4. Won‐Moo Hur & Hanna Kim & Hyun Kyung Kim, 2018. "Does customer engagement in corporate social responsibility initiatives lead to customer citizenship behaviour? The mediating roles of customer‐company identification and affective commitment," Corporate Social Responsibility and Environmental Management, John Wiley & Sons, vol. 25(6), pages 1258-1269, November.
    5. Anne Armant & Florian Ollierou & Jules Gauvin & Christine Jeoffrion & Baptiste Cougot & Mathias Waelli & Leila Moret & Kristina Beauvivre & Ghozlane Fleury-Bahi & Gilles Berrut & Dominique Tripodi, 2021. "Psychosocial and Organizational Processes and Determinants of Health Care Workers’ (HCW) Health at Work in French Public EHPAD (Assisted Living Residences): A Qualitative Approach Using Grounded Theor," IJERPH, MDPI, vol. 18(14), pages 1-23, July.
    6. Ana Lisbona & Abel Las-Hayas & Francisco J. Palací & Miguel Bernabé & Francisco J. Morales & Alexander Haslam, 2020. "Team Efficiency in Organizations: A Group Perspective on Initiative," IJERPH, MDPI, vol. 17(6), pages 1-17, March.

    More about this item


    leadership; health; burnout; social identity; identity entrepreneurship;
    All these keywords.

    JEL classification:

    • I31 - Health, Education, and Welfare - - Welfare, Well-Being, and Poverty - - - General Welfare, Well-Being
    • L21 - Industrial Organization - - Firm Objectives, Organization, and Behavior - - - Business Objectives of the Firm
    • M12 - Business Administration and Business Economics; Marketing; Accounting; Personnel Economics - - Business Administration - - - Personnel Management; Executives; Executive Compensation


    Access and download statistics


    All material on this site has been provided by the respective publishers and authors. You can help correct errors and omissions. When requesting a correction, please mention this item's handle: RePEc:rai:zfpers:doi:10.1688/zfp-2014-01-steffens. See general information about how to correct material in RePEc.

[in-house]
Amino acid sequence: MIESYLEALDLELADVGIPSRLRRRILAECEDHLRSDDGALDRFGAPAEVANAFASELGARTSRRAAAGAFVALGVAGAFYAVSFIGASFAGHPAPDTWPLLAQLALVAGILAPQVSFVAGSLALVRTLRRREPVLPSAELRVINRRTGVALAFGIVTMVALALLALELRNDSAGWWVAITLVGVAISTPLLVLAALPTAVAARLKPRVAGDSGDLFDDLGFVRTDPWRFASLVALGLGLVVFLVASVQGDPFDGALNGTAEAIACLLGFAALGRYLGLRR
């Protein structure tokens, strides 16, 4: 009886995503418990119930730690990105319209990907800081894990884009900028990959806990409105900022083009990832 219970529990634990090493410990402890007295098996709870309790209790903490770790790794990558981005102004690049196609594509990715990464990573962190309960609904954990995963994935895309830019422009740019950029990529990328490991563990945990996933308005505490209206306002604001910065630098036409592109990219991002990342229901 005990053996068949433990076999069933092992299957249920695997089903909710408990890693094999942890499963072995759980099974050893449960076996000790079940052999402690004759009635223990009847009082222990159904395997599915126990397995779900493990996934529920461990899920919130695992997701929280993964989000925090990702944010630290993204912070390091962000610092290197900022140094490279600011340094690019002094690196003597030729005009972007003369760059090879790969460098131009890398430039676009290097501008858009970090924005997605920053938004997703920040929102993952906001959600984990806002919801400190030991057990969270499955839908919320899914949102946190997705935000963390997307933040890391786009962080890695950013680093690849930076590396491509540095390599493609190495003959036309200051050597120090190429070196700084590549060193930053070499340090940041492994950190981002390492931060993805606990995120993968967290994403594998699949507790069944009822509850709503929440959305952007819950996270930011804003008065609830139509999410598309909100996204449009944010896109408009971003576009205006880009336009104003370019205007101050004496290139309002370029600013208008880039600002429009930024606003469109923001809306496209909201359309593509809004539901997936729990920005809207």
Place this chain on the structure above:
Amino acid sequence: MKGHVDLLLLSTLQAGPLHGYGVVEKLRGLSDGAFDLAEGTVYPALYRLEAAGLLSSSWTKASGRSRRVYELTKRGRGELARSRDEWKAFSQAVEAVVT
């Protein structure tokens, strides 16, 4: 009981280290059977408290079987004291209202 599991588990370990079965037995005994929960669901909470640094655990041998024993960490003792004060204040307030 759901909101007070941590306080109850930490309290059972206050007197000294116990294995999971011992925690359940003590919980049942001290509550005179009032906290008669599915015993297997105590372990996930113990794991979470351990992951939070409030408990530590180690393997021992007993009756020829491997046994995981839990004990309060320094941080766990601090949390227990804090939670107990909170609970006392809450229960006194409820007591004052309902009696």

If you have authored this item and are not yet registered with RePEc, we encourage you to do it here. This allows to link your profile to this item. It also allows you to accept potential citations to this item that we are uncertain about.

    We have no bibliographic references for this item. You can help adding them by using this form .

    If you know of missing items citing this one, you can help us creating those links by adding the relevant references in the same way as above, for each refering item. If you are a registered author of this item, you may also want to check the "citations" tab in your RePEc Author Service profile, as there may be some citations waiting for confirmation.

    For technical questions regarding this item, or to correct its authors, title, abstract, bibliographic or download information, contact: Rainer Hampp (email available below). General contact details of provider: .

    Please note that corrections may take a couple of weeks to filter through the various RePEc services.

    IDEAS is a RePEc service. RePEc uses bibliographic data supplied by the respective publishers.